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February 2024
Vol. 23, No. 5
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CD Reviews

DAVE PRESTON: Alligator Shoes

by Sandé LollisFebruary 2023

Recorded at his home studio, On Track Recording Studio in Imperial Beach, vocalist and multi-instrumentalist Dave Preston recorded, mixed, and mastered Alligator Shoes and also wrote the ten songs that make up the album with a run time just shy of 43 minutes.

Preston sings as well as plays acoustic guitar and bass throughout; he programmed drums for “Funny How It Goes” and “Sweet Mary” on which he also plays banjo. Other musicians include Doug Pettibone on lap steel, electric mandolin, pedal steel, and electric guitar; Bob Ryan on electric guitar, guitar, and baritone guitar; Tom Wolverton on dobro; Steve Peavey on concertina; and anytime you hear harmony, that would be Preston’s wife Cheryl Jackson Preston, whose voice rings especially sweetly on “Goin’ Down to Mississippi.” I didn’t forget to mention Candy Girard on violin, I just had to leave her for last so I could elaborate on her contribution. From the first pull of the bow, her presence is so perfectly placed—the accents, the chords, the ups and downs, the subtleties, the flourish—it’s all magic. Apart from Preston’s voice, her star shines brightest.

“Money Tree” is the first song and represents the fullest arrangement on the album. Starting off with just acoustic guitar, Preston sets the pace, solidly picking the driving rhythm. He joins in on hand slaps and bass with Doug Pettibone on lap steel to embellish the drive. Bass and lap steel drop out as Preston begins to sing, “Well, I never had much money, I never had my own band, give me half a dollar, and I might could make a stand…” The effects on his voice are edgy and raw, sounding like an old radio. It suits the lyrics somehow as he talks about the many people, including the good Lord and Satan, which could have given him a money tree. I see hardship, old-fashioned revival tents in the desert, and the helpless mindset of victimhood. Bass rejoins in the middle of the first verse, and lap steel reappears on the second verse, grinding and gritty. I begin to hear Pettibone peppering the background with electric mandolin. Beginning with the second chorus, Cheryl Jackson Preston comes in to sing harmony in the style of a backcountry ballad singer, well matching the flavor of the song. At 1:53 lap steel takes the lead on a build of all the instruments, ultimately rising to a solo with long notes that smoke and burn, and then simmer enough for Preston to start singing again. At 3:55 there’s another short build that finishes off the song. This is a good opener.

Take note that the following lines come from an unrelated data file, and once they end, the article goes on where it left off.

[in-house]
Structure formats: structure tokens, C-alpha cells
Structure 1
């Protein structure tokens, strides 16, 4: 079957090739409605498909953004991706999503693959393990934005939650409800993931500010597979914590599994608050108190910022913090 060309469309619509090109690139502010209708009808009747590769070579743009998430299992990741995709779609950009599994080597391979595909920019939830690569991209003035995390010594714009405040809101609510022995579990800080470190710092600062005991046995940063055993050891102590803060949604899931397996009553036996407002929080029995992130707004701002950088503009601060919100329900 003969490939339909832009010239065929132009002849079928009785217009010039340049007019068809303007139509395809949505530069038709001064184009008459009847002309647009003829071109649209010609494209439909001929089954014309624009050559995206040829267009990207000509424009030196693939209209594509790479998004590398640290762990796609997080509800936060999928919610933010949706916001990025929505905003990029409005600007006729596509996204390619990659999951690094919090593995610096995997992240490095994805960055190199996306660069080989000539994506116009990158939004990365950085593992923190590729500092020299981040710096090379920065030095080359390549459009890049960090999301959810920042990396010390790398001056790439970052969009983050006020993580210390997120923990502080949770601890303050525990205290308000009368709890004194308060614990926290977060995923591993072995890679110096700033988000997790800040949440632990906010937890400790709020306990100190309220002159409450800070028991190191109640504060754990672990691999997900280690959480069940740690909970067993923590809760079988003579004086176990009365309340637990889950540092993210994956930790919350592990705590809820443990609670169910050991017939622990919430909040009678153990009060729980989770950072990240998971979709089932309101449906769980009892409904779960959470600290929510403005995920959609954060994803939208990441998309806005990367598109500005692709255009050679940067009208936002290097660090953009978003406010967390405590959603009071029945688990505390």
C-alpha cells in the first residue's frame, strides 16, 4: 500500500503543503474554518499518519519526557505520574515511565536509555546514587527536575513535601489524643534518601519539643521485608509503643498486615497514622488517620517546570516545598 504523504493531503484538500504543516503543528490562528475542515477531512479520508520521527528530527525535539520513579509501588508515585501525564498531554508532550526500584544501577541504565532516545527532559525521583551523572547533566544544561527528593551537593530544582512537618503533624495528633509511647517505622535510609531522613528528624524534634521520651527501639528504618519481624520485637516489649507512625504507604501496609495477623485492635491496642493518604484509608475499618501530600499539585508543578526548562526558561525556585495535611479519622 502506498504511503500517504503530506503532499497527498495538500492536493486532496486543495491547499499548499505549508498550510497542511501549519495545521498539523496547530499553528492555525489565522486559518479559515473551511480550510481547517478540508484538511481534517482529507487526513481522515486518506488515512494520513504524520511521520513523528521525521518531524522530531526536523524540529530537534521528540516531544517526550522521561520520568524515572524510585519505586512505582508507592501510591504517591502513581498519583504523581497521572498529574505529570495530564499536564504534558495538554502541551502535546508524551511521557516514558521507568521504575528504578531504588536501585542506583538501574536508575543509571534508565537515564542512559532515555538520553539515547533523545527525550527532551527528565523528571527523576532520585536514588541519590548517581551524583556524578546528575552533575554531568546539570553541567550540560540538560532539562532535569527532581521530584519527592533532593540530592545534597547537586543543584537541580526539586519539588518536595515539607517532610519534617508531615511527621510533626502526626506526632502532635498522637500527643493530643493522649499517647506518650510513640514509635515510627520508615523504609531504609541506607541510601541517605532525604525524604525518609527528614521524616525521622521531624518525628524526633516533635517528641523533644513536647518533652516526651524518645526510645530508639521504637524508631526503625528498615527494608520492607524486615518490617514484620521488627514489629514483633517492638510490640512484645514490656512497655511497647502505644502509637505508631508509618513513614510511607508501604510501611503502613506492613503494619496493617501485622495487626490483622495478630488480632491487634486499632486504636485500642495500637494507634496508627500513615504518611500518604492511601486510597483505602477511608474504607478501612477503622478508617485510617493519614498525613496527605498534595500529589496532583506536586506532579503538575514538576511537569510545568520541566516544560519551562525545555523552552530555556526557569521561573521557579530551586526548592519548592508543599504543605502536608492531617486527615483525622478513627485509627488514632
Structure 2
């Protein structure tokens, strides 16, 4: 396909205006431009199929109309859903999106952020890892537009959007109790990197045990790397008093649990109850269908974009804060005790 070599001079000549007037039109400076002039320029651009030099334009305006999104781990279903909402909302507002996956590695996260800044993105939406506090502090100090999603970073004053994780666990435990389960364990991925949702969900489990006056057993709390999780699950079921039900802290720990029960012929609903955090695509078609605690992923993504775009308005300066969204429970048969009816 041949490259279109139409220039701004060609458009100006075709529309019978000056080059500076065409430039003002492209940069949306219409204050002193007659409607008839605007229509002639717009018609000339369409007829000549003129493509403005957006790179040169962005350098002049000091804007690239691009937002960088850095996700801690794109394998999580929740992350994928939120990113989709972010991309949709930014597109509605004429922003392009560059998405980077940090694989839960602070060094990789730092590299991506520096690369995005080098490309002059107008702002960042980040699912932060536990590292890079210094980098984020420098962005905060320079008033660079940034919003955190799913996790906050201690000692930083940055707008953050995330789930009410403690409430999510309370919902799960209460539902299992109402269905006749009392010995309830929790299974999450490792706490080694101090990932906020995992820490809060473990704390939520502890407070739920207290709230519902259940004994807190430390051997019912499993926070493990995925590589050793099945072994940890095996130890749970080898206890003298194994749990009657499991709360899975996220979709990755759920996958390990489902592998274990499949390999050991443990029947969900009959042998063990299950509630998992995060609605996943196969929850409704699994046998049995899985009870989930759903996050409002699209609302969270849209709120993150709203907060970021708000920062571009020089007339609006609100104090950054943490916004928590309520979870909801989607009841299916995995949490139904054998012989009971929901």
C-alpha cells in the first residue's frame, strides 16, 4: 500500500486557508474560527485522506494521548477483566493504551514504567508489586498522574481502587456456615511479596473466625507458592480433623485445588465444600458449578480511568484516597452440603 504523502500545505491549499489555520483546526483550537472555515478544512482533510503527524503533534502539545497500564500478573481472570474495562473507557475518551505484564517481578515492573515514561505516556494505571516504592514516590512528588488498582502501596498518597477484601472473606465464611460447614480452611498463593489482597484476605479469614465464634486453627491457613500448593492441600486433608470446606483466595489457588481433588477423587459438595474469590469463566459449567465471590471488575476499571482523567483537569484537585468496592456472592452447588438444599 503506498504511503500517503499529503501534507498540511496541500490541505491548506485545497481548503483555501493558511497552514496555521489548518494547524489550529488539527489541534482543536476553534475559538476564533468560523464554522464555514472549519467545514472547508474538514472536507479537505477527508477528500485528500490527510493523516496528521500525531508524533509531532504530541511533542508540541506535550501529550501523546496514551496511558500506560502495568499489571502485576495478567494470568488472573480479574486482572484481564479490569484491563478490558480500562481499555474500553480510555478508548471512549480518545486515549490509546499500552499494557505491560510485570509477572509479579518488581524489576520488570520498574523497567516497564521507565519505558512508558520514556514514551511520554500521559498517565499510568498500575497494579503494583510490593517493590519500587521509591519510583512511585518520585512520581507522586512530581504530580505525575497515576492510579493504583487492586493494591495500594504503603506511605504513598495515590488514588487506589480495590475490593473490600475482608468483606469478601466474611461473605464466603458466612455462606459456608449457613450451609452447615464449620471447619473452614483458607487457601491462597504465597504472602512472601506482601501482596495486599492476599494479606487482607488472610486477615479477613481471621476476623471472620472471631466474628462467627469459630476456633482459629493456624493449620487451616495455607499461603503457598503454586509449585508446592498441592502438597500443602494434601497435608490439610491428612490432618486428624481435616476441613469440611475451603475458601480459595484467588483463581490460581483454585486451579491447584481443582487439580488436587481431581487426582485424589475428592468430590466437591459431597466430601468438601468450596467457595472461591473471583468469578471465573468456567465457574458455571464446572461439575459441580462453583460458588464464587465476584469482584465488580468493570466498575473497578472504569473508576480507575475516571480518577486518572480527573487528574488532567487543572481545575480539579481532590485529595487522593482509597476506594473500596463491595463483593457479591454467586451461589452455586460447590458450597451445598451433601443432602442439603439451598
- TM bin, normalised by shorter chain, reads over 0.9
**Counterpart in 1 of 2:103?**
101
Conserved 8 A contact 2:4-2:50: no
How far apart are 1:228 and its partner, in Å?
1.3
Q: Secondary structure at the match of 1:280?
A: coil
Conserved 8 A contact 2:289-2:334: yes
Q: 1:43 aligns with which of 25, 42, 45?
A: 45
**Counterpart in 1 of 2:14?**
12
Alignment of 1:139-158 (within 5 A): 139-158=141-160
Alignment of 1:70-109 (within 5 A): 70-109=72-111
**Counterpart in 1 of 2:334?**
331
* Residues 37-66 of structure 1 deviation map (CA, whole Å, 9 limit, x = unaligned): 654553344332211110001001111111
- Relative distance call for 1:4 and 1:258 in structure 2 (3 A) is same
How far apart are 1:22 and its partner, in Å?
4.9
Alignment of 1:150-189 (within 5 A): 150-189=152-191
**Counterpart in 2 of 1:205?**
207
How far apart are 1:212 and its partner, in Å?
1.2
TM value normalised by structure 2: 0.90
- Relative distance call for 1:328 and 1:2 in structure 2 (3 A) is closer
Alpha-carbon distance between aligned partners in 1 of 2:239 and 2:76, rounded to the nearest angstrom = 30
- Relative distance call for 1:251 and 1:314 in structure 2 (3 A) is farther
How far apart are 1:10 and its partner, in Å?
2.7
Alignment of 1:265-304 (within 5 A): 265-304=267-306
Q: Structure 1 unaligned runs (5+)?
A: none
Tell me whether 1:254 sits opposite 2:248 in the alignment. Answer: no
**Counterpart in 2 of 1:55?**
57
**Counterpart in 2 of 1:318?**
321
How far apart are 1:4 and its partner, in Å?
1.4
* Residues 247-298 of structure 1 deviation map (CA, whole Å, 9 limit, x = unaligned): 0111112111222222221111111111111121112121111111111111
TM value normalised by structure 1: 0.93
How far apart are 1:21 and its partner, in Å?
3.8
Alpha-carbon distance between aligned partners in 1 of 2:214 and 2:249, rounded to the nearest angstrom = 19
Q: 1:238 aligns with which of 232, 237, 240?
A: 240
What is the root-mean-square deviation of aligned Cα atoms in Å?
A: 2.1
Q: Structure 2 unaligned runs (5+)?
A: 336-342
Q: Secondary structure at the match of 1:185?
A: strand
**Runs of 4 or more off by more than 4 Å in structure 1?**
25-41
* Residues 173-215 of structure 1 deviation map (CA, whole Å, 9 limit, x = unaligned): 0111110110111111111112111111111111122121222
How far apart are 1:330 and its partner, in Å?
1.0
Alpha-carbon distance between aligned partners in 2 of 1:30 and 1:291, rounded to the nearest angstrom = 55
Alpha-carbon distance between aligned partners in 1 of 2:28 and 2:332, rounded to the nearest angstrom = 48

“Funny How it Goes” is the second song and introduces us for the first time to Candy Girard on violin right out of the gate. The tone on her instrument has a bit of a rasp and supports the sass she’s got when she plays it. The song mentions the cry of a train and at 1:40 we get a chance to hear that fiddle blow the whistle a few times. Flirtatious and mischievous, she is a joy to hear. The whole song has a low-key but steady groove set by the bass and chord fills from the acoustic guitar. Yet another first-time introduction is to Bob Ryan on electric guitar, who keeps us on our toes with intricate accent and counter lines in the melody. At 2:16 we get a minute’s worth of his sweet guitar solo—plenty of lower notes, smooth and rolling, then tight bursts of quickness, full of purpose. Through all of this we hear the violin intensifying the underlying mood with clear chords and single-note expressions, and almost sounding like a horn section in her attack.